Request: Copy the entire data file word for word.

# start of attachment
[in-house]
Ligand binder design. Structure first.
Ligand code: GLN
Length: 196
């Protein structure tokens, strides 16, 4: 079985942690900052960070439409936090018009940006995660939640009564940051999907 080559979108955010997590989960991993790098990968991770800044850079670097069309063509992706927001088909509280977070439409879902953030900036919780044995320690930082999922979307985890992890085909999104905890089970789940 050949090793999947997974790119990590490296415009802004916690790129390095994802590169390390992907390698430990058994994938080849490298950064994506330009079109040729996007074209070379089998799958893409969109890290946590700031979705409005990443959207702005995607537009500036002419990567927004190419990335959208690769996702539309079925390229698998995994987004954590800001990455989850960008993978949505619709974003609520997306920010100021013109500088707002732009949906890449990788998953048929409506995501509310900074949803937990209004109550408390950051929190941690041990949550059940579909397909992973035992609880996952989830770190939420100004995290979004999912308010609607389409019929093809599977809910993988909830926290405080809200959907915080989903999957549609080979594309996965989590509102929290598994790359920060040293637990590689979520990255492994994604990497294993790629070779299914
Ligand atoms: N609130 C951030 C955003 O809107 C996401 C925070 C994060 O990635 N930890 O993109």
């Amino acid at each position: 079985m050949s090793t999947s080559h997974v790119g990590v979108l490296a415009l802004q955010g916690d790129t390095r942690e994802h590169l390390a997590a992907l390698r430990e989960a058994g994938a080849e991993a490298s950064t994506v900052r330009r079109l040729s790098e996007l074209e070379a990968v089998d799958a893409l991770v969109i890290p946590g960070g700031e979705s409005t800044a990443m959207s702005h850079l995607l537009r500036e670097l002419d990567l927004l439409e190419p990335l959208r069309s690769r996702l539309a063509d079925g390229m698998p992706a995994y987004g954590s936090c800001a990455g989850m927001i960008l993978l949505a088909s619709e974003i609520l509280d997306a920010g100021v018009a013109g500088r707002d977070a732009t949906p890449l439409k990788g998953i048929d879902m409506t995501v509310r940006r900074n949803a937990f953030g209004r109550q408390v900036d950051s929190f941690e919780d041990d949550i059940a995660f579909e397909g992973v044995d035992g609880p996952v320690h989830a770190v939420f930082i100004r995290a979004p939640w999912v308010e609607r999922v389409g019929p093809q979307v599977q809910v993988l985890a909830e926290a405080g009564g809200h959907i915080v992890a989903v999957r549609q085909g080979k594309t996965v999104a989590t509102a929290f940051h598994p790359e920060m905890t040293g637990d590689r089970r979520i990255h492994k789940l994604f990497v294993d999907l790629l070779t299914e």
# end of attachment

[in-house]
Ligand binder design. Structure first.
Ligand code: GLN
Length: 196
């Protein structure tokens, strides 16, 4: 079985942690900052960070439409936090018009940006995660939640009564940051999907 080559979108955010997590989960991993790098990968991770800044850079670097069309063509992706927001088909509280977070439409879902953030900036919780044995320690930082999922979307985890992890085909999104905890089970789940 050949090793999947997974790119990590490296415009802004916690790129390095994802590169390390992907390698430990058994994938080849490298950064994506330009079109040729996007074209070379089998799958893409969109890290946590700031979705409005990443959207702005995607537009500036002419990567927004190419990335959208690769996702539309079925390229698998995994987004954590800001990455989850960008993978949505619709974003609520997306920010100021013109500088707002732009949906890449990788998953048929409506995501509310900074949803937990209004109550408390950051929190941690041990949550059940579909397909992973035992609880996952989830770190939420100004995290979004999912308010609607389409019929093809599977809910993988909830926290405080809200959907915080989903999957549609080979594309996965989590509102929290598994790359920060040293637990590689979520990255492994994604990497294993790629070779299914
Ligand atoms: N609130 C951030 C955003 O809107 C996401 C925070 C994060 O990635 N930890 O993109």
């Amino acid at each position: 079985m050949s090793t999947s080559h997974v790119g990590v979108l490296a415009l802004q955010g916690d790129t390095r942690e994802h590169l390390a997590a992907l390698r430990e989960a058994g994938a080849e991993a490298s950064t994506v900052r330009r079109l040729s790098e996007l074209e070379a990968v089998d799958a893409l991770v969109i890290p946590g960070g700031e979705s409005t800044a990443m959207s702005h850079l995607l537009r500036e670097l002419d990567l927004l439409e190419p990335l959208r069309s690769r996702l539309a063509d079925g390229m698998p992706a995994y987004g954590s936090c800001a990455g989850m927001i960008l993978l949505a088909s619709e974003i609520l509280d997306a920010g100021v018009a013109g500088r707002d977070a732009t949906p890449l439409k990788g998953i048929d879902m409506t995501v509310r940006r900074n949803a937990f953030g209004r109550q408390v900036d950051s929190f941690e919780d041990d949550i059940a995660f579909e397909g992973v044995d035992g609880p996952v320690h989830a770190v939420f930082i100004r995290a979004p939640w999912v308010e609607r999922v389409g019929p093809q979307v599977q809910v993988l985890a909830e926290a405080g009564g809200h959907i915080v992890a989903v999957r549609q085909g080979k594309t996965v999104a989590t509102a929290f940051h598994p790359e920060m905890t040293g637990d590689r089970r979520i990255h492994k789940l994604f990497v294993d999907l790629l070779t299914e």